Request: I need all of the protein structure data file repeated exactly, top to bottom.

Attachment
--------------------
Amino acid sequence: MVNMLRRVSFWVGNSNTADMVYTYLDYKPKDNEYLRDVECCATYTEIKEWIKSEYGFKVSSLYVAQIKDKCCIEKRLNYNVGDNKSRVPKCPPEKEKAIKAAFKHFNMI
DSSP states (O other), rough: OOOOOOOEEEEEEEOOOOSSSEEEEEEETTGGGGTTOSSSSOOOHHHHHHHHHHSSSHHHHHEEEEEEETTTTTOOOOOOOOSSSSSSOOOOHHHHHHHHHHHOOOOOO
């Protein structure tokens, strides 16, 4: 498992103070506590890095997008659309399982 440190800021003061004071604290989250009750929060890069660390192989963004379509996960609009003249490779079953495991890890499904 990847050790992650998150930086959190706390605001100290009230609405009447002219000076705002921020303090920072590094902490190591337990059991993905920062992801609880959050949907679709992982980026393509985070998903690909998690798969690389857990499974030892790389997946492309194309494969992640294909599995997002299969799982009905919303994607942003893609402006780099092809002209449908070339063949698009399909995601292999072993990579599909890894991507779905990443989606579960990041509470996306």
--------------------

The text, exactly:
Amino acid sequence: MVNMLRRVSFWVGNSNTADMVYTYLDYKPKDNEYLRDVECCATYTEIKEWIKSEYGFKVSSLYVAQIKDKCCIEKRLNYNVGDNKSRVPKCPPEKEKAIKAAFKHFNMI
DSSP states (O other), rough: OOOOOOOEEEEEEEOOOOSSSEEEEEEETTGGGGTTOSSSSOOOHHHHHHHHHHSSSHHHHHEEEEEEETTTTTOOOOOOOOSSSSSSOOOOHHHHHHHHHHHOOOOOO
């Protein structure tokens, strides 16, 4: 498992103070506590890095997008659309399982 440190800021003061004071604290989250009750929060890069660390192989963004379509996960609009003249490779079953495991890890499904 990847050790992650998150930086959190706390605001100290009230609405009447002219000076705002921020303090920072590094902490190591337990059991993905920062992801609880959050949907679709992982980026393509985070998903690909998690798969690389857990499974030892790389997946492309194309494969992640294909599995997002299969799982009905919303994607942003893609402006780099092809002209449908070339063949698009399909995601292999072993990579599909890894991507779905990443989606579960990041509470996306």